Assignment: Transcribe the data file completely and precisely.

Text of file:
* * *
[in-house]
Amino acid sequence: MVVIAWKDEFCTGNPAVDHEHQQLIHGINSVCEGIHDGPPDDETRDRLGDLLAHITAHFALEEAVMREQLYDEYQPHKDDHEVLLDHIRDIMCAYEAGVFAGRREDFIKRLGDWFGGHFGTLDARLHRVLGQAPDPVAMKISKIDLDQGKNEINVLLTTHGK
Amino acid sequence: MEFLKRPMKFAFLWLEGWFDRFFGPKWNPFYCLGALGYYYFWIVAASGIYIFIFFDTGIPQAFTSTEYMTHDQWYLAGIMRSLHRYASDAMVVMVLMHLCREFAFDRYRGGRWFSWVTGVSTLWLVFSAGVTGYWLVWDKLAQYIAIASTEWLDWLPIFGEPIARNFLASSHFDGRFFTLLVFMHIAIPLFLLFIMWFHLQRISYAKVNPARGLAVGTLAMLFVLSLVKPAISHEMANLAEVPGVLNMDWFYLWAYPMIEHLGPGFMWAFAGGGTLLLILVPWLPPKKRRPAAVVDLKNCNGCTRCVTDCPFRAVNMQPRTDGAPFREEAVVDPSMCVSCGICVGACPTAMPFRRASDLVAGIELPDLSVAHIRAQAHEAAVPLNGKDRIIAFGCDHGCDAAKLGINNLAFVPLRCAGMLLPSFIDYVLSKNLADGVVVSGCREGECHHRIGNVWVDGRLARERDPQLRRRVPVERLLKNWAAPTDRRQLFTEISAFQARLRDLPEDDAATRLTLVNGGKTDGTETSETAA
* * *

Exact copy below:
[in-house]
Amino acid sequence: MVVIAWKDEFCTGNPAVDHEHQQLIHGINSVCEGIHDGPPDDETRDRLGDLLAHITAHFALEEAVMREQLYDEYQPHKDDHEVLLDHIRDIMCAYEAGVFAGRREDFIKRLGDWFGGHFGTLDARLHRVLGQAPDPVAMKISKIDLDQGKNEINVLLTTHGK
Amino acid sequence: MEFLKRPMKFAFLWLEGWFDRFFGPKWNPFYCLGALGYYYFWIVAASGIYIFIFFDTGIPQAFTSTEYMTHDQWYLAGIMRSLHRYASDAMVVMVLMHLCREFAFDRYRGGRWFSWVTGVSTLWLVFSAGVTGYWLVWDKLAQYIAIASTEWLDWLPIFGEPIARNFLASSHFDGRFFTLLVFMHIAIPLFLLFIMWFHLQRISYAKVNPARGLAVGTLAMLFVLSLVKPAISHEMANLAEVPGVLNMDWFYLWAYPMIEHLGPGFMWAFAGGGTLLLILVPWLPPKKRRPAAVVDLKNCNGCTRCVTDCPFRAVNMQPRTDGAPFREEAVVDPSMCVSCGICVGACPTAMPFRRASDLVAGIELPDLSVAHIRAQAHEAAVPLNGKDRIIAFGCDHGCDAAKLGINNLAFVPLRCAGMLLPSFIDYVLSKNLADGVVVSGCREGECHHRIGNVWVDGRLARERDPQLRRRVPVERLLKNWAAPTDRRQLFTEISAFQARLRDLPEDDAATRLTLVNGGKTDGTETSETAA